i.e. You carefully stick some pins / probes through the insulation of the cable (not near each other) on the output side - NOT on the MAINS VOLTAGE SIDE sealed


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  Reply # 1815833 8-Jul-2017 12:27
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solutionz:

 

Rickles:

 

     >But since you already have... you can just probe into the both sides of the PS lead at the same time with the multimeter leads to check the output voltage of the unit while it's plugged into your GPS. The meter becomes a high impedance load in parallel with the GPS.<

 

Sorry, don't understand.  If the supply is plugged into the mains, and other end connected to GPS, where does one use the multimeter probes?  Presumably this is with mains turned off?

 

 

i.e. You carefully stick some pins / probes through the insulation of the cable (not near each other) on the output side

 

I should have mentioned that haha

 

solutionz:

 

- NOT on the MAINS VOLTAGE SIDE sealed

 

 

And certainly not on the 20VDC range setting!


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  Reply # 1817593 10-Jul-2017 09:12
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Rickles:

 

Is there some way to ascertain the voltage and amperage of a wall charger ( one with plug connector, not USB). 

 

 

If its an unmarked power pack, throw it away. It might even be AC coming out , that would be a disaster for some devices.
If its an unmarked/unlabled power pack, its probably of dubious quality

 

The ONLY way to check the max Amp output of an unmarked wall charger is to pull it apart & check the specs of components & design of
circuit.
There is no other way, you CANNOT tell max safe/rated output by checking with a multimeter etc
Sure, just because it will deliver say 2A in testing,for a short amount of time, doesnt mean its designed to do so .

I could drain my car of oil & still drive it for 15 minutes. It doesnt mean thats the amount of oil I need.

 


Also, unloaded voltage can be very different from voltage under load. To much load/current draw & the output may start to get ~noisey~




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  Reply # 1817702 10-Jul-2017 11:01
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Thank you all for your input.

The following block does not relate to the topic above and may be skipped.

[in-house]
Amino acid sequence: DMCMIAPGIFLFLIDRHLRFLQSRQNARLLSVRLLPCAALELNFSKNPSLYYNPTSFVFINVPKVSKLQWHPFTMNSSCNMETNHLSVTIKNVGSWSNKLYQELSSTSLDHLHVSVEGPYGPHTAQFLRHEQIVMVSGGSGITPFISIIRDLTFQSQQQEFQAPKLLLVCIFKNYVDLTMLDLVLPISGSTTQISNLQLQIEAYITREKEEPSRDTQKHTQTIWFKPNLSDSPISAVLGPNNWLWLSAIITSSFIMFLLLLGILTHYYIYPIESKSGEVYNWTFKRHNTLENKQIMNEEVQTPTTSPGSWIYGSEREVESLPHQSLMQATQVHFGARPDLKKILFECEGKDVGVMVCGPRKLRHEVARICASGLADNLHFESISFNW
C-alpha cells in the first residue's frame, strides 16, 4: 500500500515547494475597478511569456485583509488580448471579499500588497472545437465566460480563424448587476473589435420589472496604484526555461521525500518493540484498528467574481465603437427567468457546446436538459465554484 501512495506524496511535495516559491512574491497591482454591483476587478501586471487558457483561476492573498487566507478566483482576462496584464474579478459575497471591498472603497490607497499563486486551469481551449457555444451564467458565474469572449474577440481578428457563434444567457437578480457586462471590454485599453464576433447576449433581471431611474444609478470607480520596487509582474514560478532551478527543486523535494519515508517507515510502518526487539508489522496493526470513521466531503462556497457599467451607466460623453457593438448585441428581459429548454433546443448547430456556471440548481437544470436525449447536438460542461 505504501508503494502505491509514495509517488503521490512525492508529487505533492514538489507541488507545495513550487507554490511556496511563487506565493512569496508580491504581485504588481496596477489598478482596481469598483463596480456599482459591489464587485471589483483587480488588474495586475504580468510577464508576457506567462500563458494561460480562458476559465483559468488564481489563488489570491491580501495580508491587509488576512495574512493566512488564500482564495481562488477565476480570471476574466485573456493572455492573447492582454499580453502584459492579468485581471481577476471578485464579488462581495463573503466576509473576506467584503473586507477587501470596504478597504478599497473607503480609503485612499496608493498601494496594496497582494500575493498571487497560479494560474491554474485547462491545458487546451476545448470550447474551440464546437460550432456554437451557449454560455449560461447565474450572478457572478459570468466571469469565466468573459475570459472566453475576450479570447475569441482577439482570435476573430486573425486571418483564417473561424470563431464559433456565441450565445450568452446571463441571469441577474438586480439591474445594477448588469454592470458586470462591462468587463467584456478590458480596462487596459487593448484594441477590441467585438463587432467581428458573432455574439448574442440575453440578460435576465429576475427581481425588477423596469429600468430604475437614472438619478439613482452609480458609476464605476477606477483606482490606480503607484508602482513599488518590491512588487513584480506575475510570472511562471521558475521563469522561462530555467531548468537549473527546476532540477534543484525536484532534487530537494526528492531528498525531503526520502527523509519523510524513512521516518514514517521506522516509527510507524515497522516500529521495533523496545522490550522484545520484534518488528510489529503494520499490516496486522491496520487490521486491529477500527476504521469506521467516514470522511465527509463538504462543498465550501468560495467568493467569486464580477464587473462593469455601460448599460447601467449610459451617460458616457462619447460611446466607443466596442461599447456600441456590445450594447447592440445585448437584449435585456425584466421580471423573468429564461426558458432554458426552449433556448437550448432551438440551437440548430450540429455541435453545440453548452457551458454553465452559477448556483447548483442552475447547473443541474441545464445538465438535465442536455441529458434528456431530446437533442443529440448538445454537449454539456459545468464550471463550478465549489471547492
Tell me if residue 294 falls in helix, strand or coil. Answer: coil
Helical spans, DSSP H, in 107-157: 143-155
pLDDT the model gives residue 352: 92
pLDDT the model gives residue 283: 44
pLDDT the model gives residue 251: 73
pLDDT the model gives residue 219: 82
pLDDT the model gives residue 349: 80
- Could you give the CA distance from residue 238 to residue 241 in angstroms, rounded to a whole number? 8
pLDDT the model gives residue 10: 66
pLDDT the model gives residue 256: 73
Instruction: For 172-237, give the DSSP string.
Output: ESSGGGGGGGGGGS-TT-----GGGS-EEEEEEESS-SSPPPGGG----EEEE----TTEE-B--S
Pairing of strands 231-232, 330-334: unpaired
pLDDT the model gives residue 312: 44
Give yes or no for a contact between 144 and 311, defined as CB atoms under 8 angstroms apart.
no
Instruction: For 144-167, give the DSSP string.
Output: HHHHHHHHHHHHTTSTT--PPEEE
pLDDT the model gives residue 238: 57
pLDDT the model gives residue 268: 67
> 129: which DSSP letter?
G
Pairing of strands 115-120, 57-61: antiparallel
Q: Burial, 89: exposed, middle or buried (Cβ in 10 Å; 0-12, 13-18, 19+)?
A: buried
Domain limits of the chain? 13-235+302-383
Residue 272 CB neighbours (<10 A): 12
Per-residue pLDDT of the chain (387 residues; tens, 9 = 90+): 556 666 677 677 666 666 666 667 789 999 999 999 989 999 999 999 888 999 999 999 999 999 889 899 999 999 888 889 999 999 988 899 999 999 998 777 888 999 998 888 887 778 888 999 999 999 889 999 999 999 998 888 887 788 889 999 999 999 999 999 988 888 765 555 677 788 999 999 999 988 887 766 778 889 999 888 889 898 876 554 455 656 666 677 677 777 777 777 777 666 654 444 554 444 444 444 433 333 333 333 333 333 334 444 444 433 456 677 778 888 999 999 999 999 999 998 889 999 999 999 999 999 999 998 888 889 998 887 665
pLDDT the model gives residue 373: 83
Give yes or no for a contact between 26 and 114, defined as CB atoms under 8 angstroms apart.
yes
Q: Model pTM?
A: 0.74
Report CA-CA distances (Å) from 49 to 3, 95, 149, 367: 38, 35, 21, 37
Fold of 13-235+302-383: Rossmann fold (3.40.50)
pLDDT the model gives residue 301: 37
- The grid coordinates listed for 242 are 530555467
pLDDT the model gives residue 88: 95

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  Reply # 1818831 10-Jul-2017 13:52
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    >If its an unmarked power pack, throw it away. It might even be AC coming out , that would be a disaster for some devices.
If its an unmarked/unlabled power pack, its probably of dubious quality
<

 

I agree, but this unit did come out of a fully sealed pack that is marked for the Alcatel One-Touch mobile 'phone, so I have a "fair idea" of its specs, viz. unlikely to be AC, unlikely to be more than 7V, and unlikely to be more than 2A.

 

 


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  Reply # 1818860 10-Jul-2017 14:06
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All power supplies should be labeled. Its part of the standards requirements for most countries. Believe me if apple could get away without putting words on things they would do, and even apple put all that labeling on their power supplies.

 

A proper safe power supply should be safe in all situations, overload it and they should limit the current to their max, and shut down if they overheat. The problem is there are plenty of crap ones around that do not. 4 port USB ones are one of the worst offenders. Just all the ports in parallel off a single 5v supply, able to pull 4+ A off one port with no problem if the others are unused, and put 4 power hungry devices on them and watch them cook up and let out bad smells.





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  Reply # 1818893 10-Jul-2017 14:40
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As others have said I would bin it and buy a suitable power supply for your application.  They aren't expensive.

 

The GPS should have the volts and amps it requires written on it.

 

 

 

 





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  Reply # 1818951 10-Jul-2017 15:58
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richms:

 

All power supplies should be labeled. Its part of the standards requirements for most countries.

 

 

I guess that would have made it illegal to originally have been supplied in that state . No label=no NZ compliance sticker .

 

 




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  Reply # 1818954 10-Jul-2017 16:06
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     >I guess that would have made it illegal to originally have been supplied in that state . No label=no NZ compliance sticker<

 

Interesting point ... as best I can tell the phone, and consequently the charger, dates from 2003.  I wonder what the compliance requirements were then?